Almost You’re Smiling

Little baby in a manger,
Almost you’re crying.
Can it be you feel the coldness
Of the world You’ve come to?
Do you somehow miss the warmth
You left behind in heaven?
Little baby in a manger,
Almost you’re crying.

Little baby in a stable,
Almost you’re smiling.
Can it be you feel the joy
Of those who wait your coming?
Do you somehow know what hope
You’ve brought to earth from heaven?
Little baby in a stable,
Almost you’re smiling.

About This Song:
Merry Christmas several days late!

When we look at babies–even the tiniest of babies–don’t we sometimes imagine what they’re thinking or feeling at the moment? I was taught in college that thought is impossible without language, because thought actually involves talking to oneself.

No baby is born with the knowledge of language. Any language. So it would make sense to assume that babies can’t think.

But still. . .what about Jesus? Wasn’t He an exception? After all, he was half-God. Couldn’t God the Father have “programmed” Jesus with some special abilities that went beyond normal human capabilities?

I’m sure He could have, but I don’t believe He did. Being a fully normal baby–and growing into a fully human adult–was an important part of God’s plan. So I believe Jesus cried only when babies normally cry.

Yet if we could have been there in the stable observing Jesus after his birth, wouldn’t we be tempted to assign certain emotions to the looks we saw? Especially from our perspective of knowing who Jesus was and what he came to earth to do.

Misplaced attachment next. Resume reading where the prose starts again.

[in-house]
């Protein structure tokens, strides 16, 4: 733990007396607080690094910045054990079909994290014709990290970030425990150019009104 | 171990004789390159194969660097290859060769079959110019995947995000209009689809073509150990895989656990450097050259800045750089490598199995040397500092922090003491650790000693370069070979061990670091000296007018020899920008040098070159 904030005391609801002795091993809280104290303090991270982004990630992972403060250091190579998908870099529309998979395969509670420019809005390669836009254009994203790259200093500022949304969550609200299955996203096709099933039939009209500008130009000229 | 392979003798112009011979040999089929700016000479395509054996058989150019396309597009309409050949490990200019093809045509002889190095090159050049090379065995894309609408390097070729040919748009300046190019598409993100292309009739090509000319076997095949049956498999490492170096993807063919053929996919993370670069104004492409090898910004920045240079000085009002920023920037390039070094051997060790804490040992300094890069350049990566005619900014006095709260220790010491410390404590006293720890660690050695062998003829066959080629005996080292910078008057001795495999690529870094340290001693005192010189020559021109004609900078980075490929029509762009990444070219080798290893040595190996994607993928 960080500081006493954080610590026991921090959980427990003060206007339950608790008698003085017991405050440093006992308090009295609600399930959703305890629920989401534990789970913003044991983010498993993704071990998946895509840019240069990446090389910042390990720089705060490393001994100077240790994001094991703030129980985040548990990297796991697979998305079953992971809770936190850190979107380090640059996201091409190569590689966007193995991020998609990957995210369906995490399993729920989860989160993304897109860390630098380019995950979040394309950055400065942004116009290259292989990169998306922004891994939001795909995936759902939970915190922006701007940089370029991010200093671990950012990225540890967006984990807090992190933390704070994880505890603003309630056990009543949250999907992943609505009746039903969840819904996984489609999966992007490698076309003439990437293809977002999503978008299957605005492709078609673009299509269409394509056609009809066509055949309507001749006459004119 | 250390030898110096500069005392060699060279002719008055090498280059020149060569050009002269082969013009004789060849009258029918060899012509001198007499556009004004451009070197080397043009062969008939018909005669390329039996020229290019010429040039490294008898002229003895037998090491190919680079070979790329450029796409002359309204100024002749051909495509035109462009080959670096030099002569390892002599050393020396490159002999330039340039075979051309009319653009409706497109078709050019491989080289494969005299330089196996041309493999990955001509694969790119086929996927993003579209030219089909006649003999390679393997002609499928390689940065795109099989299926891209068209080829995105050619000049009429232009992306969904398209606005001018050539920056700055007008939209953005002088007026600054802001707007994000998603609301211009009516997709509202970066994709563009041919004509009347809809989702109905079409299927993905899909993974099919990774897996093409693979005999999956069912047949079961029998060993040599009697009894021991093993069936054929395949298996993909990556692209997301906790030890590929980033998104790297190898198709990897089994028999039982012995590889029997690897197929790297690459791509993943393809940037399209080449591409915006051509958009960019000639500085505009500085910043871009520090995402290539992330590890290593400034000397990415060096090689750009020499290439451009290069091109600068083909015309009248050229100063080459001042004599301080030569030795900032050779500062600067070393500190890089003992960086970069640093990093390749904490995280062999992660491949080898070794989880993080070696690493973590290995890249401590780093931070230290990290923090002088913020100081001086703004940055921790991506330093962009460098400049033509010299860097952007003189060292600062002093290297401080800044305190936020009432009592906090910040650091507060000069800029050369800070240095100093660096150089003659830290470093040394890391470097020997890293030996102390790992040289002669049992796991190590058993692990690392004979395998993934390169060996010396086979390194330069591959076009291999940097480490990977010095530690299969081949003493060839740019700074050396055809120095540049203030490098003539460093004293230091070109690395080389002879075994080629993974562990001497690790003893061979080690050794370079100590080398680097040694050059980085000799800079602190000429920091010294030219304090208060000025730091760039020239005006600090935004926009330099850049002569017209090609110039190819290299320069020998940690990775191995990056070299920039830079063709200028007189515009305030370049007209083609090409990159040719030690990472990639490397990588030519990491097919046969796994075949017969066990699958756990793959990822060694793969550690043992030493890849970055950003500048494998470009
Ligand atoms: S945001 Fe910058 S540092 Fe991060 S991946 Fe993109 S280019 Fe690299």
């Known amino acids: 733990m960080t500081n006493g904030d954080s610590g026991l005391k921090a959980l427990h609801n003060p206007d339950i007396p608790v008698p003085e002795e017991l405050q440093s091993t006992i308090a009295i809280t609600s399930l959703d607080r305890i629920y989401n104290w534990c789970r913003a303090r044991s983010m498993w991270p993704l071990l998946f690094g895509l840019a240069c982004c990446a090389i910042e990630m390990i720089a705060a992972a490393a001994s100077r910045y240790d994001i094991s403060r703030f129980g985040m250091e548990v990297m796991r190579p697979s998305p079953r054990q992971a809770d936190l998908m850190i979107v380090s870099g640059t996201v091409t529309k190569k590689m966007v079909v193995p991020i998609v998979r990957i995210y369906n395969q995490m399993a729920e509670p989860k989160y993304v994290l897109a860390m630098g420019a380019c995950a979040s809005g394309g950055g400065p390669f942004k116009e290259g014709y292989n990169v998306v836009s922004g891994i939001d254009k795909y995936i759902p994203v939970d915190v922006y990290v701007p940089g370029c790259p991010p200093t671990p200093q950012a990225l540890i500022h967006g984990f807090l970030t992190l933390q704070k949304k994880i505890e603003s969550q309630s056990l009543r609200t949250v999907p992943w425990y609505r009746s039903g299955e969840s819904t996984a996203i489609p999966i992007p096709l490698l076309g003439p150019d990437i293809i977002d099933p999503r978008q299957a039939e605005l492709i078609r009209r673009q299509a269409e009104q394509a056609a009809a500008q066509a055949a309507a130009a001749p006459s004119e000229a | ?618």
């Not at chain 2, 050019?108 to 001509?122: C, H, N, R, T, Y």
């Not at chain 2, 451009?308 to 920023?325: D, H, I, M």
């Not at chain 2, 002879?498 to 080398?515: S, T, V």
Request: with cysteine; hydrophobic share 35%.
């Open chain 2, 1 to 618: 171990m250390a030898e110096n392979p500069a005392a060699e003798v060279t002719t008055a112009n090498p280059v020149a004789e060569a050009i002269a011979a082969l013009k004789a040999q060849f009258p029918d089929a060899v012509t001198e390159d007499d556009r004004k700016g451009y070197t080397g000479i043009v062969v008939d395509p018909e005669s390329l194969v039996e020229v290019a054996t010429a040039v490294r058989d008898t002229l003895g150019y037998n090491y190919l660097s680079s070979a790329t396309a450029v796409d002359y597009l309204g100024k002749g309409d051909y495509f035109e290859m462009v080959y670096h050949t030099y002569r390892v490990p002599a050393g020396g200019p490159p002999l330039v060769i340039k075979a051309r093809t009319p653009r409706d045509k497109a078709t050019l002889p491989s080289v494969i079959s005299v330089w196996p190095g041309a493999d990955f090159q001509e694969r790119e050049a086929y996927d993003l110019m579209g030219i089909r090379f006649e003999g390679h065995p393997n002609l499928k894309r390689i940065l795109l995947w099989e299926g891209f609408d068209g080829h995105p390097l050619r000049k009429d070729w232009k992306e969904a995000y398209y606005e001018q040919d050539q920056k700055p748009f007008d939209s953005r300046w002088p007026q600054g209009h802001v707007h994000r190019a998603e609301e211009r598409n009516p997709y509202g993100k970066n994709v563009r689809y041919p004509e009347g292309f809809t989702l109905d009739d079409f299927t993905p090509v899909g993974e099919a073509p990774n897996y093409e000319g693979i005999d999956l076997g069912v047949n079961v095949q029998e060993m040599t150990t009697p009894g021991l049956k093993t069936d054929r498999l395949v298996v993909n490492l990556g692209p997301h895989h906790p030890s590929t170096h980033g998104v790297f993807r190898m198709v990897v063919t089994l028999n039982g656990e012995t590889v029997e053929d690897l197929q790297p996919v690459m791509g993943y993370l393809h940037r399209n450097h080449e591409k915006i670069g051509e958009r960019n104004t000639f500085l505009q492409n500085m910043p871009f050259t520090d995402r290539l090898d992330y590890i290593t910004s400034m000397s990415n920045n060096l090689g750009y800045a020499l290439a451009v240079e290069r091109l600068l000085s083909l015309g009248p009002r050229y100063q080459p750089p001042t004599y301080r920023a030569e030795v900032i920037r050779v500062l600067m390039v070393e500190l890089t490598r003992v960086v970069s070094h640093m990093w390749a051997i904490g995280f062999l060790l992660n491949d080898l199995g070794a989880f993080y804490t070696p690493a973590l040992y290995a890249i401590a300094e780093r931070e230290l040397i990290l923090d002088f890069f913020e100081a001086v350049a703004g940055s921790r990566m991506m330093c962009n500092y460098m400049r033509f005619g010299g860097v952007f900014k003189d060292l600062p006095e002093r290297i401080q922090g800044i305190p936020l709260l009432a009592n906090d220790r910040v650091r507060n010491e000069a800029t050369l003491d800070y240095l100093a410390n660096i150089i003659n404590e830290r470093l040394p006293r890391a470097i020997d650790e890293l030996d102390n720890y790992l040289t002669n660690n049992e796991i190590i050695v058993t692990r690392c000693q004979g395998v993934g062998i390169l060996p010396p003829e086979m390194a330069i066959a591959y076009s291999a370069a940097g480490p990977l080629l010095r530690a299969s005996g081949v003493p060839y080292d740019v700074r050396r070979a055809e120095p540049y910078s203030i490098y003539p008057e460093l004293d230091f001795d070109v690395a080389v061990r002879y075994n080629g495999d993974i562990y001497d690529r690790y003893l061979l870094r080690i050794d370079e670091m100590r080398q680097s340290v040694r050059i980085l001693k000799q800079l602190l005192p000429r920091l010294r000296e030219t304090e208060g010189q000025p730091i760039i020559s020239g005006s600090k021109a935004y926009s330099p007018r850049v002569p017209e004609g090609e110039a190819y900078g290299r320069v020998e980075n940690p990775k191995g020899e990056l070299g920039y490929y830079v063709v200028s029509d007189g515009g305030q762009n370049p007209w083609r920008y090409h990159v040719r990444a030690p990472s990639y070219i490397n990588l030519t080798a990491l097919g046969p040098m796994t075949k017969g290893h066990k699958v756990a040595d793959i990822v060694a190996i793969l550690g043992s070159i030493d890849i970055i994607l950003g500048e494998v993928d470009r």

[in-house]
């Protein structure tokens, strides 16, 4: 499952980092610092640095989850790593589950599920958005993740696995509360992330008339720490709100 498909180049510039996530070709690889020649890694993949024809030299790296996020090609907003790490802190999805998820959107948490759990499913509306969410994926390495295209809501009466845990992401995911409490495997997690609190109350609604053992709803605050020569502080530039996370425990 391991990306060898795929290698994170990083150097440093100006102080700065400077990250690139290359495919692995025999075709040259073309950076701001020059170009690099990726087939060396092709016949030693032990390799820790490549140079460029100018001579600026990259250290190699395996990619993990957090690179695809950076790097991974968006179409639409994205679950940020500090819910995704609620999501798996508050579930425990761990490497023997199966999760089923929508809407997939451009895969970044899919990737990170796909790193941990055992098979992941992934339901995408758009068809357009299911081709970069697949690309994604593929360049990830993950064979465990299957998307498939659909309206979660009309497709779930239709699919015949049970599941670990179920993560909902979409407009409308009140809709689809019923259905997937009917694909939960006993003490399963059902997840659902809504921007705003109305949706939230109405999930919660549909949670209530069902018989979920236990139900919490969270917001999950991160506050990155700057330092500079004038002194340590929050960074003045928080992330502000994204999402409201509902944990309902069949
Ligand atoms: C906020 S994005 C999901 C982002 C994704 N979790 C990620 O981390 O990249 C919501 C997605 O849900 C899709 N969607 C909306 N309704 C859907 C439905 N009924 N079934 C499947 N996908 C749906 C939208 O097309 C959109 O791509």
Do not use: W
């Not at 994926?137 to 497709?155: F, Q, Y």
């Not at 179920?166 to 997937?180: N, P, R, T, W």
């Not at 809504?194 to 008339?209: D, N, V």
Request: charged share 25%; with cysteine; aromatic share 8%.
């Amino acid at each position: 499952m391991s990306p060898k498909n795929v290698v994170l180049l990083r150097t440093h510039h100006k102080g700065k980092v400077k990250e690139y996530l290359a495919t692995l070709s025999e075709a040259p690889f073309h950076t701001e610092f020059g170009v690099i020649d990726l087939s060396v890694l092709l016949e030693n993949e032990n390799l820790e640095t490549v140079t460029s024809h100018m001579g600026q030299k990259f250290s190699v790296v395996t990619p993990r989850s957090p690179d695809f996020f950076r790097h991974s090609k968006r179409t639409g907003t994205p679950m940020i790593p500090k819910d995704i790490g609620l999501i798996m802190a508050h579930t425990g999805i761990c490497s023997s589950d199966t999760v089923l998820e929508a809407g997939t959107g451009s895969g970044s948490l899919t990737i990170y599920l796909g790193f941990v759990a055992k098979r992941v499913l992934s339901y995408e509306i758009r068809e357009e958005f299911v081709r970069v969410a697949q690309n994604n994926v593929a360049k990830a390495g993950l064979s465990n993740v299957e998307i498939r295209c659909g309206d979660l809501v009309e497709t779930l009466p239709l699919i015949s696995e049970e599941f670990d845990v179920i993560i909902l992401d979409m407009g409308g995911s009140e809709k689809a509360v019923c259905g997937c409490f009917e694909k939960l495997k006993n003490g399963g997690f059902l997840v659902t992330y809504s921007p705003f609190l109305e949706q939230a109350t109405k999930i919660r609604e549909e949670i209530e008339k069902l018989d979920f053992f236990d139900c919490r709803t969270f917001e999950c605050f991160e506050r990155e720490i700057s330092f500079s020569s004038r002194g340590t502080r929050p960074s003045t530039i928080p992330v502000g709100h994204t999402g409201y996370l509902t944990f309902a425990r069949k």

The ideas in this song are purely imaginary. I don’t believe Jesus had the knowledge of anything that would make him cry–or smile. But it’s something to think about.

If you would like to share your Christmas thoughts–about this song or anything else–please leave a comment.


Links you might be interested in:

I’ll be back again next Wednesday.

Best regards,



About Roger E. Bruner

Roger Bruner worked as a teacher, job counselor, and programmer analyst before retiring to write Christian fiction full-time. A guitarist and songwriter, he is active in his church choir, church praise team, and nursing home ministry. Roger also enjoys reading, web design, mission trips, photography, and spending time with his wonderful wife, Kathleen. Roger has nine published novels. Four of them are the now-completed young adult Altered Hearts series. Three are quirky romantic novels (as opposed to genre romance novels). The Devil and Pastor Gus is a speculative satire, and Rosa No-Name is a contemporary coming-of-age novel.
This entry was posted in Baby, Christmas, Crying, Hope, Language, Smiling and tagged , , , , , , , . Bookmark the permalink.

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